I tried out parasailing in Paihia today and it was awesome. It was a bit windy, so paired up with Cameron, who is campervanning around NZ with his uni friends. A sixty year old couple went before us and didn’t look remotely scared, which was reassuring. Until we got clipped into the giant parachute and shot up 400m into the sky.
We managed to get video footage of the launch from the point of view of the boat and Cameron’s go pro. There’s a bit of screaming and some swearing towards the end, but it was enjoyable. At the very top it felt like we were sitting in chair lift, overlooking the bay and the beautiful NZ landscape. Later on I’ll add some aerial shots too.
After safely landing and having a light lunch, I headed Waitangi Treaty Grounds to absorb some history and more idyllic scenery. The site is significant because in 1840, it is where the Maori tribes and the British signed the Waitangi Treaty, which outlined topics such as land ownership and citizen rights. Since there was an English copy and a Maori copy, there are some disagreements about its interpretation, so the Waitangi Tribunal is used to resolve disputes. There was heaps of interesting stuff in the museum, but my favourite part was the cultural show in the carved meeting house. We were greeted with music, singing and displays of instruments and weapons.
I took pictures of the walls and ceilings because I liked the carvings and I’m a fan of geometric prints and patterns. It turns out each of the carvings and woven panels mark a different ancestor for each tribe in the North Island. As I continued on through the grounds I came across the war canoes, there are three which were carved from Kauri trees. The cool thing is that they still work and they’re launched for Waitangi Day each year.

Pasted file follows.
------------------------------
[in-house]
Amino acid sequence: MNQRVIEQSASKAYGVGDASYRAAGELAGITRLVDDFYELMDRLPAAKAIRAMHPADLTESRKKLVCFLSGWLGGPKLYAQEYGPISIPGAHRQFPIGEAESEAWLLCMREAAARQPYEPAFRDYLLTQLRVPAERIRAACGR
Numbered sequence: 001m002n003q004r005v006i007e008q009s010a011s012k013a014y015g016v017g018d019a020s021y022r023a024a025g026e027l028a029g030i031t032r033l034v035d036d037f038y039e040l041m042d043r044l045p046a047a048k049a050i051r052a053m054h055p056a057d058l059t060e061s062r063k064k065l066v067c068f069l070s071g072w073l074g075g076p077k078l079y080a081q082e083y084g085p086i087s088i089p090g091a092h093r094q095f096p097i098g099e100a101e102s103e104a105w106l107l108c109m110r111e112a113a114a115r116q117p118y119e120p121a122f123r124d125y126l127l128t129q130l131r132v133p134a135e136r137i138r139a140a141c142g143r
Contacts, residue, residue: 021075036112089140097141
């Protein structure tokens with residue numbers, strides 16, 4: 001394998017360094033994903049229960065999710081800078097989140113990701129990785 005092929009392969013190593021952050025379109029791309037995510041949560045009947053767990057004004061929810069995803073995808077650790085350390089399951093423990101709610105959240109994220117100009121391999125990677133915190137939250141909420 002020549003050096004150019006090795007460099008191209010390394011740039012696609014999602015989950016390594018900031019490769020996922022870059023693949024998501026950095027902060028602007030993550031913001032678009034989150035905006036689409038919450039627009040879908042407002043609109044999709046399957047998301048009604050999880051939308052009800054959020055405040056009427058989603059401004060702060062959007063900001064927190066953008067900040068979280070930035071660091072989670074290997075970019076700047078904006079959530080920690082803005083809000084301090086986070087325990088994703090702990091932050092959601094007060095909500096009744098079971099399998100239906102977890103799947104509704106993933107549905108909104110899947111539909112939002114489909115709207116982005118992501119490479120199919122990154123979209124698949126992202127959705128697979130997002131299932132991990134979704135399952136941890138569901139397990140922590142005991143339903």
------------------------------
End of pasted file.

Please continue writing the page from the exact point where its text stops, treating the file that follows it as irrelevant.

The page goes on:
On the way back home I came across Paihia’s Farmers’ Market and bought some chocolate croissants and basked in the sun for a little longer.
The rest of the day was fairly uninteresting, just finishing off the last of the weeds before I left to go home. I’d spent a fair amount of time trying to dig out the roots of these incredibly tough plants, but it getting too difficult so I resorted to using an axe. The last time I had to use such a weapon was when I made a pinata so thick that we couldn’t break it with baseball bats, so we ended up tomahawking it open. I was very proud, my bright pink, smiley pig, managed to withstand quite a beating, I’ll search through my folders to see if I have a picture.
I was exhausted by the time I got to bed but I didn’t want to sleep knowing that I had only one day until I returned to Auckland to fly home. I can definitely understand how people can come to NZ to visit and end up living here, it’s too beautiful to leave so soon.